Popping The Friendster Bubble

from the well,-it's-about-time... dept

Well, it seems that the mainstream press isn’t swallowing all the Friendster hype either. While we have been expressing our concerns about the space, much of the mainstream press has bought the bubble-like story of how Friendster is the next big thing. Business Week, though, has taken a step back from the hype to see if there’s any there there in all this hype about Friendster. The reporter comes to the conclusion that it’s a “classic case of Valley disconnect”, where many of the folks going gaga over Friendster haven’t actually thought it through beyond the fact that plenty of people have signed up to use the service. The article suggests (unlike Friendster’s claim) that friends aren’t necessarily the best people for finding dates. More importantly, it notes the problems with make friendships explicit, since many people feel obligated to say someone is a friend, rather than explicitly exclude them. As one person says in the article: “I’ll get friend requests from people I haven’t spoken to in over a year. It’s hard to say no, so you don’t, and maybe you catch up a little. But eventually you realize there’s a reason I haven’t spoken to that person, and that’s because I didn’t need them in my life.”

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Comments on “Popping The Friendster Bubble”

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Director Mitch (user link) says:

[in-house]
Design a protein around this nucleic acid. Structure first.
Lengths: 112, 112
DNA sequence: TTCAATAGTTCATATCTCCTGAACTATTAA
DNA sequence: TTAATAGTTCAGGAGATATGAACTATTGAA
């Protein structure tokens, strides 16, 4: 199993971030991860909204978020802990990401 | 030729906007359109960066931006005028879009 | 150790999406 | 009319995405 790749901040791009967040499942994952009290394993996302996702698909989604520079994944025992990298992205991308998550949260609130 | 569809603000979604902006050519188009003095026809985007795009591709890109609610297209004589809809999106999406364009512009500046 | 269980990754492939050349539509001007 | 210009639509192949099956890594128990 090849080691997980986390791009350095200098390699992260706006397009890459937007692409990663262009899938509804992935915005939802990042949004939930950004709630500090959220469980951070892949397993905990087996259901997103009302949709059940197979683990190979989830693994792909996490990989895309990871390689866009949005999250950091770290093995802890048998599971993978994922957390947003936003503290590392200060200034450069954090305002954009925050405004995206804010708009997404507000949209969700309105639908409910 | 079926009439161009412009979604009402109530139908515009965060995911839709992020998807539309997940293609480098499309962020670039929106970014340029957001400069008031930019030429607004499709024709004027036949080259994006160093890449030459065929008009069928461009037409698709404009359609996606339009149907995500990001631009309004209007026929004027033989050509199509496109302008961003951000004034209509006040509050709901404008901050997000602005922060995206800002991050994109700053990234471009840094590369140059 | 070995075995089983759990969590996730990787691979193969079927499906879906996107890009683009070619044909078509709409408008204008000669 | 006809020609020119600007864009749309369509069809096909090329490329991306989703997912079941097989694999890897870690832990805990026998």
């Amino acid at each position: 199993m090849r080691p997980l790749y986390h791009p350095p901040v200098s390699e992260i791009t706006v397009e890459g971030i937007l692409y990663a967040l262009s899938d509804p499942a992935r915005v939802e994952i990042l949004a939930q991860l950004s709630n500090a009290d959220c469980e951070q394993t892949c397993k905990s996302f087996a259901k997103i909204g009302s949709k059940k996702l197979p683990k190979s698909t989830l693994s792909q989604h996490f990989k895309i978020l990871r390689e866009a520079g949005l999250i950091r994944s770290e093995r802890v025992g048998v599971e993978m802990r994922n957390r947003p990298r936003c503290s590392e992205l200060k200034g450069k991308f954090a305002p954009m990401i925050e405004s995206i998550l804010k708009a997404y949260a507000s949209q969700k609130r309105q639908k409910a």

It's Lame

College roommate invited me to join and due to the articles on THIS site I decided to join to see what all the noise was about (see how influential you are?)

My first (and lasting) impression is that it is essentially a place for 20 somethings with piercings to get laid. Since I am out of my 20s, have no piercings and have a Mrs. Director, I decided to quit after exploring it for a few days (I tried to tailor my interest to business, doing a start-up, etc., but that was a waste of time).

So as a business, I don’t get it. Yeah, it has a lot of people, but how many would pay for it? What’s the revenue model (not even to mention the profit model). Why are VCs pouring money into a free dating service?

Mike (profile) says:

Re: It's Lame

Yeah, maybe I don’t get it because I’m not looking for a date either, but even if I was, I don’t see how I’d ever pay for it. If I see someone my friend knows, wouldn’t I just… ask that friend? I’m not going to pay just to use my own social network.

As for business uses, look at LinkedIn, as well. I can see (a little) how that has some potential – but again don’t see the business model. So far, I’ve had a few people make connections “through” me, but they were incredible weak connections that were probably worth the nothing that people paid to make them.

As I’ve said before, the people who provide the real value to such a system – the real “hubs” of social networks are the least likely to find value out of the system and the least likely to use them. The ones who need it most are those who don’t have the connections. Thus, it’s a system for subsidizing the connections of the unconnected by using the work of the ultra-connected. Most ultra-connected people I know prefer to protect their rolodex than give it out to people who haven’t been able to build their own network yet.

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